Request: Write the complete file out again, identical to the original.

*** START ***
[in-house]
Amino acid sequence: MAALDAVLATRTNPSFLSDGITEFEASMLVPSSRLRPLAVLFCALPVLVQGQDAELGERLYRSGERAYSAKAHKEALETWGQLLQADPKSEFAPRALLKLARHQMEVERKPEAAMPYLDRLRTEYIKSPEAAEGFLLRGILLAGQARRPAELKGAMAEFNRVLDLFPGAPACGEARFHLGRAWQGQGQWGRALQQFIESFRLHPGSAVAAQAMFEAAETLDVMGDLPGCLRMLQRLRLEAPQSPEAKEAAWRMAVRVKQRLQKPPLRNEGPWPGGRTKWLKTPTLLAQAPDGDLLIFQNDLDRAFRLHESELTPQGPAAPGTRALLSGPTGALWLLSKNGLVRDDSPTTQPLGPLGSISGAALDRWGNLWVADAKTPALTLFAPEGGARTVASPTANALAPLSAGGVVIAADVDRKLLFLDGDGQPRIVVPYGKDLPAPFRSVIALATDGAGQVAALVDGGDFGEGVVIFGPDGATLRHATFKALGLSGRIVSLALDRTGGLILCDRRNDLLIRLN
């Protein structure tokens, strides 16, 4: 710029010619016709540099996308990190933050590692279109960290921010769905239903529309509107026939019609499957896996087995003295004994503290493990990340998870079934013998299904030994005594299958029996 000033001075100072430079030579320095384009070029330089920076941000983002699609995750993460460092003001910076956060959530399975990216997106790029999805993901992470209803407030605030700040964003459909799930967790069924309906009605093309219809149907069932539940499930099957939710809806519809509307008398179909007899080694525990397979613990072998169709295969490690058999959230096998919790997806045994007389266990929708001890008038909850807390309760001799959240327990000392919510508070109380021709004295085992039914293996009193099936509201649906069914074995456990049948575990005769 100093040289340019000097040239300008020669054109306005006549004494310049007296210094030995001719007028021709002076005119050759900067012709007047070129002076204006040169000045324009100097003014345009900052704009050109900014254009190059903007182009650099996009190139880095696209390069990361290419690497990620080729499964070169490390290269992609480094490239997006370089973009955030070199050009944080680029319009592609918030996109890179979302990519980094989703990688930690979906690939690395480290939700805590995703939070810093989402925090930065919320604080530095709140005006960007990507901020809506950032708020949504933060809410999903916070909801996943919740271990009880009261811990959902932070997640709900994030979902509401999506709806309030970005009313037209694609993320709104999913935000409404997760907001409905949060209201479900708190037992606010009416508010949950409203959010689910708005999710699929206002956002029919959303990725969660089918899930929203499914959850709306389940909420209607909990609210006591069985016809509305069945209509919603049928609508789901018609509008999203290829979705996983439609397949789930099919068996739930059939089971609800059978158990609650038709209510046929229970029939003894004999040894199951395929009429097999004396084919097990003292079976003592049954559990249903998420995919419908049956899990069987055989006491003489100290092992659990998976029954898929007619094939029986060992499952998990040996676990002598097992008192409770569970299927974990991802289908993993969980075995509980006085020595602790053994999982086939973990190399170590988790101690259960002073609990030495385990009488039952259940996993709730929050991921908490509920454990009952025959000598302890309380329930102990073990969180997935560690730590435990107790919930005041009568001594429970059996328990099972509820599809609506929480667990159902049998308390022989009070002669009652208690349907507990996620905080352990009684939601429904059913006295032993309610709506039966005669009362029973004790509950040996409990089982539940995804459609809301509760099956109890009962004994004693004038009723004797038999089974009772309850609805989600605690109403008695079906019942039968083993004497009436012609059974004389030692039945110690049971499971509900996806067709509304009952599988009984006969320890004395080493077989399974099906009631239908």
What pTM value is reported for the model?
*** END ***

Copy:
[in-house]
Amino acid sequence: MAALDAVLATRTNPSFLSDGITEFEASMLVPSSRLRPLAVLFCALPVLVQGQDAELGERLYRSGERAYSAKAHKEALETWGQLLQADPKSEFAPRALLKLARHQMEVERKPEAAMPYLDRLRTEYIKSPEAAEGFLLRGILLAGQARRPAELKGAMAEFNRVLDLFPGAPACGEARFHLGRAWQGQGQWGRALQQFIESFRLHPGSAVAAQAMFEAAETLDVMGDLPGCLRMLQRLRLEAPQSPEAKEAAWRMAVRVKQRLQKPPLRNEGPWPGGRTKWLKTPTLLAQAPDGDLLIFQNDLDRAFRLHESELTPQGPAAPGTRALLSGPTGALWLLSKNGLVRDDSPTTQPLGPLGSISGAALDRWGNLWVADAKTPALTLFAPEGGARTVASPTANALAPLSAGGVVIAADVDRKLLFLDGDGQPRIVVPYGKDLPAPFRSVIALATDGAGQVAALVDGGDFGEGVVIFGPDGATLRHATFKALGLSGRIVSLALDRTGGLILCDRRNDLLIRLN
């Protein structure tokens, strides 16, 4: 710029010619016709540099996308990190933050590692279109960290921010769905239903529309509107026939019609499957896996087995003295004994503290493990990340998870079934013998299904030994005594299958029996 000033001075100072430079030579320095384009070029330089920076941000983002699609995750993460460092003001910076956060959530399975990216997106790029999805993901992470209803407030605030700040964003459909799930967790069924309906009605093309219809149907069932539940499930099957939710809806519809509307008398179909007899080694525990397979613990072998169709295969490690058999959230096998919790997806045994007389266990929708001890008038909850807390309760001799959240327990000392919510508070109380021709004295085992039914293996009193099936509201649906069914074995456990049948575990005769 100093040289340019000097040239300008020669054109306005006549004494310049007296210094030995001719007028021709002076005119050759900067012709007047070129002076204006040169000045324009100097003014345009900052704009050109900014254009190059903007182009650099996009190139880095696209390069990361290419690497990620080729499964070169490390290269992609480094490239997006370089973009955030070199050009944080680029319009592609918030996109890179979302990519980094989703990688930690979906690939690395480290939700805590995703939070810093989402925090930065919320604080530095709140005006960007990507901020809506950032708020949504933060809410999903916070909801996943919740271990009880009261811990959902932070997640709900994030979902509401999506709806309030970005009313037209694609993320709104999913935000409404997760907001409905949060209201479900708190037992606010009416508010949950409203959010689910708005999710699929206002956002029919959303990725969660089918899930929203499914959850709306389940909420209607909990609210006591069985016809509305069945209509919603049928609508789901018609509008999203290829979705996983439609397949789930099919068996739930059939089971609800059978158990609650038709209510046929229970029939003894004999040894199951395929009429097999004396084919097990003292079976003592049954559990249903998420995919419908049956899990069987055989006491003489100290092992659990998976029954898929007619094939029986060992499952998990040996676990002598097992008192409770569970299927974990991802289908993993969980075995509980006085020595602790053994999982086939973990190399170590988790101690259960002073609990030495385990009488039952259940996993709730929050991921908490509920454990009952025959000598302890309380329930102990073990969180997935560690730590435990107790919930005041009568001594429970059996328990099972509820599809609506929480667990159902049998308390022989009070002669009652208690349907507990996620905080352990009684939601429904059913006295032993309610709506039966005669009362029973004790509950040996409990089982539940995804459609809301509760099956109890009962004994004693004038009723004797038999089974009772309850609805989600605690109403008695079906019942039968083993004497009436012609059974004389030692039945110690049971499971509900996806067709509304009952599988009984006969320890004395080493077989399974099906009631239908």
What pTM value is reported for the model?